In the Madison race on Sunday night, we wanted to put ourselves on the front from the get-go and not get caught in the carnage that ensues behind, where people are changing over and there are riders to ride around and constant mayhem. If you’re caught at the back, you have to go around maybe 20 people rather than one or two pairs if you’re near the front.
In the Madison, teams of two take turns to hand sling each other in and out of the 120-lap race. With sprints every ten laps and points for the first four across the line, you have to be aware how far away the sprint lap is when you change.
If you’re close to a sprint lap, then you have to make sure to put your partner into a position where they can score points. If you’re not in the first four teams coming into the last two or three laps before it, then you’re not going to get points in the sprint because coming from really far back to get points in the sprint in the Madison just isn ‘t possible.
We started off with good intent, got ourselves straight into the points in the first sprint. When you get points in the first sprint, you feel a bit more confident in the race. Also, sometimes the race splits after that and you need to be on the right side of that split and for the next few sprints, we scored points.
There was a point in the middle of the race where one of the Japanese girls was sprinting really hard, I was on her wheel coming into the bend and got second in that sprint and another three points.
Behind us, a huge gap had opened to the bunch, and we knew we needed to capitalize on it while we could and try to take a lap. If you can lap the field, you get an extra 20 points and the Italians and the Australians had the same idea, so we saw that as an opportunity to take advantage.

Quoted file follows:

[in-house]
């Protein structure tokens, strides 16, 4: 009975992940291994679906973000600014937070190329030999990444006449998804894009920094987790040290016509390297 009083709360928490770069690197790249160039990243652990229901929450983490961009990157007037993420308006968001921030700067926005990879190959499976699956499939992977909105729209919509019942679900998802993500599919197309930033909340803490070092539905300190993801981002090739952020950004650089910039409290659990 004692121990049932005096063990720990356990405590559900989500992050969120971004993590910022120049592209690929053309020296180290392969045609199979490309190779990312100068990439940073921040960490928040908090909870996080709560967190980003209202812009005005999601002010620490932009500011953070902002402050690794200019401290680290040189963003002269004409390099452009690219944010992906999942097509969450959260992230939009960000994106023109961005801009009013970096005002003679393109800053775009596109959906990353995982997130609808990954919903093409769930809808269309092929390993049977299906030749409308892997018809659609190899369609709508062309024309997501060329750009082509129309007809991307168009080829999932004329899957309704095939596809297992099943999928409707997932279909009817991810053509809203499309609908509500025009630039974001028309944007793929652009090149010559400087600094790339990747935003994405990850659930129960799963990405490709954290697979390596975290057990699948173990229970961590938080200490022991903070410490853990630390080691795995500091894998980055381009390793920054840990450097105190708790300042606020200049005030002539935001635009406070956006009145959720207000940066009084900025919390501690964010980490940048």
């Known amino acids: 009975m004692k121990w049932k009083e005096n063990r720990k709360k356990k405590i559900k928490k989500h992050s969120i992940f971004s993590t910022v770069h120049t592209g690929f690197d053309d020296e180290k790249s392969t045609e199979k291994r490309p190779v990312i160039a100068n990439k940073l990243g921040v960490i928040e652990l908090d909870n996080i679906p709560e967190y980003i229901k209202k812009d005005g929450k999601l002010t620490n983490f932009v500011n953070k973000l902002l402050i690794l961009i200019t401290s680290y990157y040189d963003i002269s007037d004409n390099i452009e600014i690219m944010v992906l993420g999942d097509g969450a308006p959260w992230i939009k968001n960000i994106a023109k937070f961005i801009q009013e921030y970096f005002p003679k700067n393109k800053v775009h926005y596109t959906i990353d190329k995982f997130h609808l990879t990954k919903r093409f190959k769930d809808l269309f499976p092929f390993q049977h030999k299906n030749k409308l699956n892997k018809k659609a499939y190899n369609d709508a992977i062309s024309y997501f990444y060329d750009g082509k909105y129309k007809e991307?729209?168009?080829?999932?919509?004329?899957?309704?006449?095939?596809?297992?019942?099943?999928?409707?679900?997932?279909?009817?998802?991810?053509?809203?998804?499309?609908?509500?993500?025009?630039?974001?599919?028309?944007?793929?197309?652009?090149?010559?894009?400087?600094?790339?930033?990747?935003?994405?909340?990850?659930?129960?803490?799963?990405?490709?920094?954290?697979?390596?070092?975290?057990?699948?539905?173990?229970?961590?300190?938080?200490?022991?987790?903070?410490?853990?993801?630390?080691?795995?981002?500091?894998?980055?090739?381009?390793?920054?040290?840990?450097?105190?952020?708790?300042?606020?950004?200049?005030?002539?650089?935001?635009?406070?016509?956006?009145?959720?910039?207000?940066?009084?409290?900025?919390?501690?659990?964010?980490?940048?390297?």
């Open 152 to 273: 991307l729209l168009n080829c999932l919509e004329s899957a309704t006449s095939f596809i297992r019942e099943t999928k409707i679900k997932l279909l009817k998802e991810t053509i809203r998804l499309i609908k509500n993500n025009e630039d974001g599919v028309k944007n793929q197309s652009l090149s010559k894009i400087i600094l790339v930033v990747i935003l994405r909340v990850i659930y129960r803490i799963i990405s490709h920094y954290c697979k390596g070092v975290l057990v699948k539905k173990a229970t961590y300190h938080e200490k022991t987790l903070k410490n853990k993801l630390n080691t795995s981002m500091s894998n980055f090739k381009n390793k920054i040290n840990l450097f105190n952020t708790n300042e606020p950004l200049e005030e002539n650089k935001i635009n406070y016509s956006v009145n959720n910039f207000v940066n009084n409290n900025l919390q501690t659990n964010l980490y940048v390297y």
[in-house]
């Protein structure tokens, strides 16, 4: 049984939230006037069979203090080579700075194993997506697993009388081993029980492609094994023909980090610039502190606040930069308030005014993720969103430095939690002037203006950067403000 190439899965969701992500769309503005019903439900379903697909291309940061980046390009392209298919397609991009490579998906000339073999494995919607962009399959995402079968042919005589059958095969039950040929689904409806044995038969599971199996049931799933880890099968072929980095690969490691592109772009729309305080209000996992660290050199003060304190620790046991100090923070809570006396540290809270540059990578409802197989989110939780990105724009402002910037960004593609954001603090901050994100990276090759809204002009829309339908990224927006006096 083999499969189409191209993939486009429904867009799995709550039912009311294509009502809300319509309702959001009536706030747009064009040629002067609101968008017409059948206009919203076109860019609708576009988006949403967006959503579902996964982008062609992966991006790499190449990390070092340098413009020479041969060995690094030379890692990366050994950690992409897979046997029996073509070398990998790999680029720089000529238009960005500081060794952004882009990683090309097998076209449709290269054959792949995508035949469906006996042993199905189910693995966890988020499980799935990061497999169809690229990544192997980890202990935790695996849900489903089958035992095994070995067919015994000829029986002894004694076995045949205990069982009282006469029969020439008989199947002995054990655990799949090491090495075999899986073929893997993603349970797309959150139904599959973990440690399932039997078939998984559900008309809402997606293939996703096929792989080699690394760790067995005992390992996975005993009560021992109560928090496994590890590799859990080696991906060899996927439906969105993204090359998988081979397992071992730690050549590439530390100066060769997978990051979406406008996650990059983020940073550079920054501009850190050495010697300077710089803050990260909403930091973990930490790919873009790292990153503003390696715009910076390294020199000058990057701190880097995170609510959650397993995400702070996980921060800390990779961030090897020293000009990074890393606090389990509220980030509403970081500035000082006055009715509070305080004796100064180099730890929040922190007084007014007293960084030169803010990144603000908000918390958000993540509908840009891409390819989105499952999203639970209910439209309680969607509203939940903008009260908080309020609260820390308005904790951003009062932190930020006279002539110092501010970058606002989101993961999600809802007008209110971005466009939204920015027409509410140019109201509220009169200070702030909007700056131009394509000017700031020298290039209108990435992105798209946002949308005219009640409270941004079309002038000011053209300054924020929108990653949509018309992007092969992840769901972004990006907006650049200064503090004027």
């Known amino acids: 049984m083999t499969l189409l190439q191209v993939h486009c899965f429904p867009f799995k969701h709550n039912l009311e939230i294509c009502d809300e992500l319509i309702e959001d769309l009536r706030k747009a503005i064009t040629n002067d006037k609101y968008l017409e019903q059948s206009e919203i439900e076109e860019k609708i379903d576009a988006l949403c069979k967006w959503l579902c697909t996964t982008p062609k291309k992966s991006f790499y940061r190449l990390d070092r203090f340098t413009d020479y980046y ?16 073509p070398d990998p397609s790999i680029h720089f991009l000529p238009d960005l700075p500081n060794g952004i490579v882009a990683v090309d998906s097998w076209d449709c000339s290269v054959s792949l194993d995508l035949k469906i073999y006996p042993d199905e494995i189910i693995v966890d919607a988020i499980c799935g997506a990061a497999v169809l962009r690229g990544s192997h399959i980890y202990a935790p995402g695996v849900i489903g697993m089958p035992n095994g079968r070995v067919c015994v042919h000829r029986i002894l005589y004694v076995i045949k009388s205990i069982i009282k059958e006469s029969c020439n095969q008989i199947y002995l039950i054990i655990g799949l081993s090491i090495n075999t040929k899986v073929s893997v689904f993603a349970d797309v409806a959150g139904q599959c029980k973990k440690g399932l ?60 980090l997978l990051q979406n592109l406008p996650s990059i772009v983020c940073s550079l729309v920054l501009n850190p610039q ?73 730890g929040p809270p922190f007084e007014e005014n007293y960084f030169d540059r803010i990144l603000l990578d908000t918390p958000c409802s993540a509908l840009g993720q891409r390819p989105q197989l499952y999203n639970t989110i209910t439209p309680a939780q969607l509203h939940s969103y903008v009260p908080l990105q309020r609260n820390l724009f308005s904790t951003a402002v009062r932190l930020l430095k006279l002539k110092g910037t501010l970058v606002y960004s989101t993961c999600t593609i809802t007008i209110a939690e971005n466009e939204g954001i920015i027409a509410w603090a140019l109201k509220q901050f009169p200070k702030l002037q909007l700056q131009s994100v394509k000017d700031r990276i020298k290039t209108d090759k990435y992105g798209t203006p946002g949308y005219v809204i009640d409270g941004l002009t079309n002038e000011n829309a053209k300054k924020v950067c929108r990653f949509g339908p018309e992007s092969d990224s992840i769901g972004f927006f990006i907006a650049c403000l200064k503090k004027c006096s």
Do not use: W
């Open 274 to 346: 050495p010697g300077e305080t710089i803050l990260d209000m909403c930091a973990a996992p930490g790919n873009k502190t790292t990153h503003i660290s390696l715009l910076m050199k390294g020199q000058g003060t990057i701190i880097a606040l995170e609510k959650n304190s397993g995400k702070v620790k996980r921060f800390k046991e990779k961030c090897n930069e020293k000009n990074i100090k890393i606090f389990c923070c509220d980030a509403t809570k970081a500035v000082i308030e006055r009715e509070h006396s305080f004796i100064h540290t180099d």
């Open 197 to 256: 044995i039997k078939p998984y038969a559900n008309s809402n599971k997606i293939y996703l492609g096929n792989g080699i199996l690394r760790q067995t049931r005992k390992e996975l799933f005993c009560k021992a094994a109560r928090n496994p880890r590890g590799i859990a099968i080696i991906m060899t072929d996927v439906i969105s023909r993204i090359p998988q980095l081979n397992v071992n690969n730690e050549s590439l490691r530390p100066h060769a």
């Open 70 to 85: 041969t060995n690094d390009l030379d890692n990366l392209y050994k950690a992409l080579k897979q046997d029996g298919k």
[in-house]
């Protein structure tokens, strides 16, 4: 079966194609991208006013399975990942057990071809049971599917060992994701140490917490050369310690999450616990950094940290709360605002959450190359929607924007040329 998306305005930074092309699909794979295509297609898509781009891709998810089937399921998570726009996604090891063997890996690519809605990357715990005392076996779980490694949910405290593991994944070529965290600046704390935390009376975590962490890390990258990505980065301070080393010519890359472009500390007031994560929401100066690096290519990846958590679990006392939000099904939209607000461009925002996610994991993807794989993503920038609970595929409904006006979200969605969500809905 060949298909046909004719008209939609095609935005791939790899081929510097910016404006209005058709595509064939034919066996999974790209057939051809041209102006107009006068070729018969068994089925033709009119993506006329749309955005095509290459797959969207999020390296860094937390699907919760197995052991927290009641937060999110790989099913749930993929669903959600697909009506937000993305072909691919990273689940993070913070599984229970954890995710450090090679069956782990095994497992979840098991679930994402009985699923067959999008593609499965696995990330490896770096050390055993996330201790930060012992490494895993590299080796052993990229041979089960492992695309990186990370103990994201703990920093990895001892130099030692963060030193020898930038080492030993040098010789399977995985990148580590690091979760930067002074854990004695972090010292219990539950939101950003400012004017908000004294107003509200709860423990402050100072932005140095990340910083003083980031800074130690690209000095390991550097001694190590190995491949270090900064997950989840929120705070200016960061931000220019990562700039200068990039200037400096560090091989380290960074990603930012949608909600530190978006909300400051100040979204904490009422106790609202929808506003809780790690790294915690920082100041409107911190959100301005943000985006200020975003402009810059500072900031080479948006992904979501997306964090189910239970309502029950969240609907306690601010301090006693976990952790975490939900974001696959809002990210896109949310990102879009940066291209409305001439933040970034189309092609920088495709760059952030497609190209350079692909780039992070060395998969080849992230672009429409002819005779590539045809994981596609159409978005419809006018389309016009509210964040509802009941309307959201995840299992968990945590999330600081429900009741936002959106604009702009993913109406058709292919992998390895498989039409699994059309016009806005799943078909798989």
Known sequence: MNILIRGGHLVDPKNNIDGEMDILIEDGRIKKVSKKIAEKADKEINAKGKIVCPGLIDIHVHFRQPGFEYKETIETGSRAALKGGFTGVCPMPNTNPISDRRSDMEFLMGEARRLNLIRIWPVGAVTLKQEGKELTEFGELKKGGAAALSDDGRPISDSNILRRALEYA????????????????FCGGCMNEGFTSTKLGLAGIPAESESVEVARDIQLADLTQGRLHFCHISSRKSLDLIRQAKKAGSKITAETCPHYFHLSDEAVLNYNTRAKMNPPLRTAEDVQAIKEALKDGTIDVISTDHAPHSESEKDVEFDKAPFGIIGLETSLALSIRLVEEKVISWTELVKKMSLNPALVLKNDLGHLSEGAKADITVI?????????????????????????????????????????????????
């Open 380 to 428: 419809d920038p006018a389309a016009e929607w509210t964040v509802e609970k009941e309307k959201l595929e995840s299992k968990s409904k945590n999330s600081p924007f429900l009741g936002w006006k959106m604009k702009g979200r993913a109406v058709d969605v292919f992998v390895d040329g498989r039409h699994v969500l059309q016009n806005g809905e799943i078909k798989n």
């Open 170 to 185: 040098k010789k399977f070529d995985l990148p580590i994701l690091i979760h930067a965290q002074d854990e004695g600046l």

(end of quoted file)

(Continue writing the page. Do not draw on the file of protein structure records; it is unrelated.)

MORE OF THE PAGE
Alice and I are quite similar in style. Alice maybe has a bit more of an engine than me and I might have a slightly better sprint but we both have decent engines from riding on the road and that helped us steal a lap and move into third place in the standings.
Even when you’re out of the race though, you’re always watching for how many laps to go and what’s going on in the race.
Italy were first to reach the back of the peloton and take their lap while we were a little bit behind them, with Australia behind us. As we were approaching a sprint lap and hadn’t joined the field, we deciding to leave the gap to the back of the group open slightly so that we’d be leading the lap and get the sprint points but for some reason the judges gave us a lap gain even though we hadn’t actually made contact with the back of the peloton.
Instead, they gave the five points to the Australians who were just off the back of us, so that was a bit annoying. The next 30 laps or so were really hard because we were trying to recover from our efforts.
I was dying a bit and definitely in the red but we had moved to third in the standings, so I knew I had to dig deep. Germany, GB and USA were quite close to us on points, so we knew we couldn’t let any of them take a lap and rode a bit defensively to protect our position.
During one of the changes, Germany went clear as Alice flung me into the race.
“Get on Germany, don’t let them go!”’
Thankfully, we brought them back and even got a few more points in the sprints. It wasn’t enough to catch the Italians or Aussies, but we finished third on the night for the bronze medal.
Alice and I have spent so much time together in the past few years, that we’ve built up a really good bond, a great trust with each other, so it was great to win the medal with her.
After the line we hugged each other and jumped around a little bit with the rest of the squad and staff but we were drenched in sweat, so we had to rush for a shower before the medal ceremony.
To beat Japan was pretty cool because they are a really strong duo, but we both know it’s just part of the journey, not the destination, and we’re still focused on progressing for Paris 2024.
Next up, Alice and I are going to the Ride London classic in ten days, which should be good as it’s terrain like Ireland and should be suited to us.